Whenever Jurgen Togotzes is asked why he chucked his job, he counters with another question: "Do you think China's talent pool can cope with its economic growth rate?"
That's why Togotzes, who was the vice-president of Burson-Marsteller, a leading global public relations firm, gave up his job last year to start a PR training academy, the first of its kind in the nation. After witnessing China's brisk development first-hand for many years, Togotzes realized the potential market for PR professionals is immense.
China's PR industry has actually been growing at 30 percent a year, aided by the entry of an increasing number of multinationals and domestic enterprises' efforts to venture out, both creating a growing need for people who can help companies carve out a presence in unfamiliar terrain.
More is better
"The challenge is, can the industry find and develop the talent it needs fast enough to cope with the demand and at the same time maintain and, more importantly, improve their present level of performance?" asks Togotzes. "I strongly believe the PR industry would have grown even faster had there been enough professionals around."
A talent crunch is not limited to the PR industry. It's a general malaise afflicting the entire economy, despite plentiful numbers of recent university graduates. Statistics from the Ministry of Education show the number of graduates jumped from 1.14 million in 2001 to 2.8 million in 2004 and 4.96 million last year. It's predicted that in 2008, it will hit an all-time record of 5.32 million.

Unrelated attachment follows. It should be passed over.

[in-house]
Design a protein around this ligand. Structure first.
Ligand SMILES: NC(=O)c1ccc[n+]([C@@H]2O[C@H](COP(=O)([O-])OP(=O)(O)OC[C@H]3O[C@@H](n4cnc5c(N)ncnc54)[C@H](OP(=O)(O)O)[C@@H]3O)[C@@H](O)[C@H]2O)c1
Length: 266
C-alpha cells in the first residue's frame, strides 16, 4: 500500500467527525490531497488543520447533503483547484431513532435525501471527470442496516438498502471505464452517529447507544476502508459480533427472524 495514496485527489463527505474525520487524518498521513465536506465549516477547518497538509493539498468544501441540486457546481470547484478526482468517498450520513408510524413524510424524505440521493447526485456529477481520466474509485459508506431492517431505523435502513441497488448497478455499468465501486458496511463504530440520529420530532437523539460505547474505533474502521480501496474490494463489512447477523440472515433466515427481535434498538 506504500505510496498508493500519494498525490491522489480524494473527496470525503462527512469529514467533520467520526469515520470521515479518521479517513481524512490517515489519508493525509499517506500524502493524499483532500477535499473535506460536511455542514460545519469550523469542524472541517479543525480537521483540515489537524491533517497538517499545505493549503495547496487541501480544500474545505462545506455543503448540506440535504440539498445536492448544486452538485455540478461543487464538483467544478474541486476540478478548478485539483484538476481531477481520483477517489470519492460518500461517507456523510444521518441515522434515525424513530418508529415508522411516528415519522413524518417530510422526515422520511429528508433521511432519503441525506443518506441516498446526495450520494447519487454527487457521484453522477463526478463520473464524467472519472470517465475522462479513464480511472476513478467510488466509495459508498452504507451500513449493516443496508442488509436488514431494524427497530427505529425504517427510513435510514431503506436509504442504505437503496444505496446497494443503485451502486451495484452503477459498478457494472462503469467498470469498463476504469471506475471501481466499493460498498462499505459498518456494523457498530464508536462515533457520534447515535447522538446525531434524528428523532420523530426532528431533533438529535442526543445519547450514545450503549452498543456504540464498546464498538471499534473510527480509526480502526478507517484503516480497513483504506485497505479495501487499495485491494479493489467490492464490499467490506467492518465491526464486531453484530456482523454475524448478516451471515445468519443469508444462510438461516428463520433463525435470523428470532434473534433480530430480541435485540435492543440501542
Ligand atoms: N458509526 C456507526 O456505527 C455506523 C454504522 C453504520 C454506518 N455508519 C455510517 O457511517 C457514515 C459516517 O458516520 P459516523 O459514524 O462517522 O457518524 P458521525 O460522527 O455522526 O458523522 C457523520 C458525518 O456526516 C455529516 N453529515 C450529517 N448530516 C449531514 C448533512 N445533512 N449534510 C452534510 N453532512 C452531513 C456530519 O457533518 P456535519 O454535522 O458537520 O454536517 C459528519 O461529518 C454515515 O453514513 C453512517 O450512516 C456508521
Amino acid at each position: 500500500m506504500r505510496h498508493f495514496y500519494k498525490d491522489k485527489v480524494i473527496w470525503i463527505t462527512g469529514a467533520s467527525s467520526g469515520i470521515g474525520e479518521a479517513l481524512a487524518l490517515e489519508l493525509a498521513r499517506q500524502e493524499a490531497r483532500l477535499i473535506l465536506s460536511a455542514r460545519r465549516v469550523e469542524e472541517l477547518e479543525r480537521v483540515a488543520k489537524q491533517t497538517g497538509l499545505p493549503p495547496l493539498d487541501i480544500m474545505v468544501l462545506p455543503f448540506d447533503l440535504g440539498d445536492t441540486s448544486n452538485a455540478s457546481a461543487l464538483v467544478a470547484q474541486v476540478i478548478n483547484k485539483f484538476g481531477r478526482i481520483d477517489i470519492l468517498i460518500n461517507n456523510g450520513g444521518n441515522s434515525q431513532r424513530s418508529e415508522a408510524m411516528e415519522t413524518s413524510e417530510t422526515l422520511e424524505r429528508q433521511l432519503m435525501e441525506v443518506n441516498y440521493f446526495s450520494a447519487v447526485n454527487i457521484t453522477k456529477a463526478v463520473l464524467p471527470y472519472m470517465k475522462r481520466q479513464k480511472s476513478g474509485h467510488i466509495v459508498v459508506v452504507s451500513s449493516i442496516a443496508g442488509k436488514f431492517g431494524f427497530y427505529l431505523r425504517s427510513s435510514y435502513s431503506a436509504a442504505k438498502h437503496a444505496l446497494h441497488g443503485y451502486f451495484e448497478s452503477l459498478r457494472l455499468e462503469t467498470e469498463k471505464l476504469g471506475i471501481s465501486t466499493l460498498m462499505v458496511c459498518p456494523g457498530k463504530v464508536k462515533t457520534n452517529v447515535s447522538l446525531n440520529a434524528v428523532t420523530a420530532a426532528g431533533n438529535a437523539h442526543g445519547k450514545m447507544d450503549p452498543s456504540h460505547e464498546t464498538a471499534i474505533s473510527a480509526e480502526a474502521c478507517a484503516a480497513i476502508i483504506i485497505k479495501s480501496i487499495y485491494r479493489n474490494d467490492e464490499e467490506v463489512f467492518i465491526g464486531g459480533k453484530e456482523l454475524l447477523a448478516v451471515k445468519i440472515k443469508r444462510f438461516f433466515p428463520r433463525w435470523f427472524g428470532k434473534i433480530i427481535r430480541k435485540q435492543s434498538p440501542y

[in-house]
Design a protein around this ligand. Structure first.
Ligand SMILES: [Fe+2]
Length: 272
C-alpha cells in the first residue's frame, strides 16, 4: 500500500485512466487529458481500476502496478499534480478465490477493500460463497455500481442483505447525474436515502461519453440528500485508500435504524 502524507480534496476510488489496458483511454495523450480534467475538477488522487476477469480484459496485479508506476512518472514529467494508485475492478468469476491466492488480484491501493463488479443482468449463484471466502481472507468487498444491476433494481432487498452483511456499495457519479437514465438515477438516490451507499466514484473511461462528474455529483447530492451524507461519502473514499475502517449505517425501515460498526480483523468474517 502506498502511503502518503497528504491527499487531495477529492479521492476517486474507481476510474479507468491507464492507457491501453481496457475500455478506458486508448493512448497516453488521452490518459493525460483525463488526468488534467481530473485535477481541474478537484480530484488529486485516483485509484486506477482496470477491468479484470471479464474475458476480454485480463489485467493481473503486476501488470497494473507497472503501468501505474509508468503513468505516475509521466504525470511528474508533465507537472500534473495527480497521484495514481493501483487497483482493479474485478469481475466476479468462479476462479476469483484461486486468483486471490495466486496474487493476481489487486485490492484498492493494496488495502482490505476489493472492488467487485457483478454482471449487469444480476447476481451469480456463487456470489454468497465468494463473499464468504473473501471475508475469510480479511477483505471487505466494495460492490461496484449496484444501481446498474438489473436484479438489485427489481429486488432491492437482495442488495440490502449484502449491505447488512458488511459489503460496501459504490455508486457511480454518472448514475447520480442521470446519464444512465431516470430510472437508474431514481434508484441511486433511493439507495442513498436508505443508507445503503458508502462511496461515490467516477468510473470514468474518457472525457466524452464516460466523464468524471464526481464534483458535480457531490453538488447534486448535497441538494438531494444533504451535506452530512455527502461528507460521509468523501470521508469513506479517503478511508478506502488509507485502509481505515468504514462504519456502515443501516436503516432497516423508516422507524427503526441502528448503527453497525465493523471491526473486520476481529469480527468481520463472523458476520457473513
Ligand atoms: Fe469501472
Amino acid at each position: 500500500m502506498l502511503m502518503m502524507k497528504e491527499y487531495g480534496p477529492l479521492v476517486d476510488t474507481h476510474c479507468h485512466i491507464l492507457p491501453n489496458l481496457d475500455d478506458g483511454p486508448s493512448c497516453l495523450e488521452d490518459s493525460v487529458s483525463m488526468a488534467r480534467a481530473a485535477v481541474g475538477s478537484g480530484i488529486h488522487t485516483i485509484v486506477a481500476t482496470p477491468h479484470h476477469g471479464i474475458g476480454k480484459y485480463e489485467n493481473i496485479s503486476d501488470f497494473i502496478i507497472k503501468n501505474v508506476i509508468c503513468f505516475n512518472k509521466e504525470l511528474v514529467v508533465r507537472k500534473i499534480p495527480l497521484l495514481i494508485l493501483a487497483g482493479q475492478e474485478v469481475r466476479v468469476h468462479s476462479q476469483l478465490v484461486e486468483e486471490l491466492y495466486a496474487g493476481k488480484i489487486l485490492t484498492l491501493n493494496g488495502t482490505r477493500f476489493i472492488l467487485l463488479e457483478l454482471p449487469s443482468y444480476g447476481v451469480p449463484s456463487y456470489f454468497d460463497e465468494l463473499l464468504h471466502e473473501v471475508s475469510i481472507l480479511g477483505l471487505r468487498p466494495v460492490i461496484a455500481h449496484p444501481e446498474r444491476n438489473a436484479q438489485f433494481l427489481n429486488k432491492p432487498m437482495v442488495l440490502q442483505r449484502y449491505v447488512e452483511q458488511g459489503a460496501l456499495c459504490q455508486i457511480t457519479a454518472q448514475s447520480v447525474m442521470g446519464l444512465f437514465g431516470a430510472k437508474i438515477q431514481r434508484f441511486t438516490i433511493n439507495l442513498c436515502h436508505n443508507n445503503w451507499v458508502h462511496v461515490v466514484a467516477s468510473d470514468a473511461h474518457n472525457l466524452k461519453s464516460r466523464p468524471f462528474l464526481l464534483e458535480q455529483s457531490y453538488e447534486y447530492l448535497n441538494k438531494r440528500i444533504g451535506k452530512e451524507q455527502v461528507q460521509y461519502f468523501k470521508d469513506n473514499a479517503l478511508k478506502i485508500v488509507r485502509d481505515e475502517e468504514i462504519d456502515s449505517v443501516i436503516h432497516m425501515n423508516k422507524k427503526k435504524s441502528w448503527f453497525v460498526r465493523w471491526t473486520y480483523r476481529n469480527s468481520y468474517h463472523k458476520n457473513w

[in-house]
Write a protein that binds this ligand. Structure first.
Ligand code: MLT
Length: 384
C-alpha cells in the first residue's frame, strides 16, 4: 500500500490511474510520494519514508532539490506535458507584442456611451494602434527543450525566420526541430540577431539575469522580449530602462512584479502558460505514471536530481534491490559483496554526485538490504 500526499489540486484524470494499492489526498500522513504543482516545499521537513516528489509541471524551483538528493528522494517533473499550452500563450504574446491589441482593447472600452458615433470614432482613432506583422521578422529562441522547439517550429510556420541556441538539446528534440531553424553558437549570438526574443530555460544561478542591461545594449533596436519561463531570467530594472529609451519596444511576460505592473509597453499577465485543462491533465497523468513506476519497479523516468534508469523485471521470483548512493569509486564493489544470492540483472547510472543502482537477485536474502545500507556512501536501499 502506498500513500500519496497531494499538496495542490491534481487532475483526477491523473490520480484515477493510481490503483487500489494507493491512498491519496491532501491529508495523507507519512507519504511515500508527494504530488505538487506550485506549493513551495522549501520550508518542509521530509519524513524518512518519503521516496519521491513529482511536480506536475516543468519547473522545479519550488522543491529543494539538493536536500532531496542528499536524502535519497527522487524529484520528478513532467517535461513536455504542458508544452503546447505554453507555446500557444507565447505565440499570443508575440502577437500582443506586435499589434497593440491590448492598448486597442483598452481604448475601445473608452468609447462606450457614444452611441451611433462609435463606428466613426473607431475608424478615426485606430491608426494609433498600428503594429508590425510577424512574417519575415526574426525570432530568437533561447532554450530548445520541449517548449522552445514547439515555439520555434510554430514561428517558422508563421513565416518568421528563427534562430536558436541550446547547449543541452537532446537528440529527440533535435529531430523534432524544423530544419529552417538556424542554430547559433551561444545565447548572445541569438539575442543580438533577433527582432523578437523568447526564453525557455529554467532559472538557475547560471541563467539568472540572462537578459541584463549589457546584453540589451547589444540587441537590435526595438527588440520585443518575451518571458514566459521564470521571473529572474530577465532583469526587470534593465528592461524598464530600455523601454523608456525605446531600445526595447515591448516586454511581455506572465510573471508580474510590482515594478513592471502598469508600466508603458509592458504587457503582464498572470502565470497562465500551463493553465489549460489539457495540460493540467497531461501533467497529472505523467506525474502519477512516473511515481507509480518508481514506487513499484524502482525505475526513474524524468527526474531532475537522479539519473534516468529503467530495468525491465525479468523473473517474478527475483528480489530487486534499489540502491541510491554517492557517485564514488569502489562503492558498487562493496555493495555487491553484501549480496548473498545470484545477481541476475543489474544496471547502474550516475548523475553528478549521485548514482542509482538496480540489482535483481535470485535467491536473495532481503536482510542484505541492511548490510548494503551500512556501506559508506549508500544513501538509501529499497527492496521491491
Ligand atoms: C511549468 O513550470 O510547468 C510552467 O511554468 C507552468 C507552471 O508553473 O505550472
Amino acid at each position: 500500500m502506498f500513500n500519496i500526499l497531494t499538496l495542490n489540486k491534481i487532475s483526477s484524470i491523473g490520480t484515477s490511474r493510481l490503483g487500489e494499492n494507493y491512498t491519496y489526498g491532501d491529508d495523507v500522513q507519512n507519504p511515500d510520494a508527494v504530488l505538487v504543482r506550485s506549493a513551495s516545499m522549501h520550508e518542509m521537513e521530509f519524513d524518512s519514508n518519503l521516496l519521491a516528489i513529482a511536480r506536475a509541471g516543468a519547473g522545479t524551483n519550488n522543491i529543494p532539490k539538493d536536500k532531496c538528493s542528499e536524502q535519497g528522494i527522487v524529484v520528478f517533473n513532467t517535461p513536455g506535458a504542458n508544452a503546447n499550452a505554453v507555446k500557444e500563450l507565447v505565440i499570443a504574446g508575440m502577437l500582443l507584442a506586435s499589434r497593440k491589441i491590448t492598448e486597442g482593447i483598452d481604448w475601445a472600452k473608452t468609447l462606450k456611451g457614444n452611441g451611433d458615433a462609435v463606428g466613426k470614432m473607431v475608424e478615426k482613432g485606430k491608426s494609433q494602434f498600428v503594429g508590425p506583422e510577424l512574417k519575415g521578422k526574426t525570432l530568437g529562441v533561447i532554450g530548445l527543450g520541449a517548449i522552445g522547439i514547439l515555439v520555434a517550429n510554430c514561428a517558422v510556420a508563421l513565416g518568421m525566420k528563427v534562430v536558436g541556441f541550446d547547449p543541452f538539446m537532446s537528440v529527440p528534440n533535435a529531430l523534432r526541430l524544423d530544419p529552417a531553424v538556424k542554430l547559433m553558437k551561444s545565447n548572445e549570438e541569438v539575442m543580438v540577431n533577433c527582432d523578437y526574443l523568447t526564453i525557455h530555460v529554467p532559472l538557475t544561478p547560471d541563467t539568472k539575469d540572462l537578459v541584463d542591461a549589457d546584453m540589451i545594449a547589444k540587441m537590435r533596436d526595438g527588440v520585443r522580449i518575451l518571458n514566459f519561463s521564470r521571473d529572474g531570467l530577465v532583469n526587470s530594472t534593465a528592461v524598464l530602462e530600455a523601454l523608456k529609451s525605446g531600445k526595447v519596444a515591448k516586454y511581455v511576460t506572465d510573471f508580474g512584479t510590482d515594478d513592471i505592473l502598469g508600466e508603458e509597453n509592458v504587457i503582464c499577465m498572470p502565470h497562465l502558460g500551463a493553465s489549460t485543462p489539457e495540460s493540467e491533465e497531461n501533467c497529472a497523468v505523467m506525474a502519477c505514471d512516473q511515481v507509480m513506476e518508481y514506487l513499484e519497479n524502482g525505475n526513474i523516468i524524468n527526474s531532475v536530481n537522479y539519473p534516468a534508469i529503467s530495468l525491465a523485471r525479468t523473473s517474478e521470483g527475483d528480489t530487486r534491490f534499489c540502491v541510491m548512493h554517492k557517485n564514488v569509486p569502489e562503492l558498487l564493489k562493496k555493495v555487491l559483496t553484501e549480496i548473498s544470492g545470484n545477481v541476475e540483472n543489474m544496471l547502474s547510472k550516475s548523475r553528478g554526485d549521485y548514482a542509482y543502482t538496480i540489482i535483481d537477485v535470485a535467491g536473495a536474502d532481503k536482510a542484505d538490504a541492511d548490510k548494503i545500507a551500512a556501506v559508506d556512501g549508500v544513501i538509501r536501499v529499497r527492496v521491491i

"This year is going to be challenging. We will have some 20 million people in the labor market seeking jobs, the biggest ever in history," says Zeng Xiangquan, dean of School of Labor Relations and Human Resources with Renmin University of China.
A recent report by the Chinese Academy of Social Sciences predicted the economy would continue to enjoy strong growth in 2008. It said China's gross domestic product is projected to grow by 10.2 percent to reach 27.93 trillion yuan this year . Yao Jingyuan, chief economist of the National Bureau of Statistics, says the economy grew by 11.5 percent last year.
Given the robust growth environment, mainland employers across the board - especially the service sector - are upbeat about their recruitment plans for the first quarter of 2008, according to a recent survey conducted by Manpower, a world leader in employment services industry.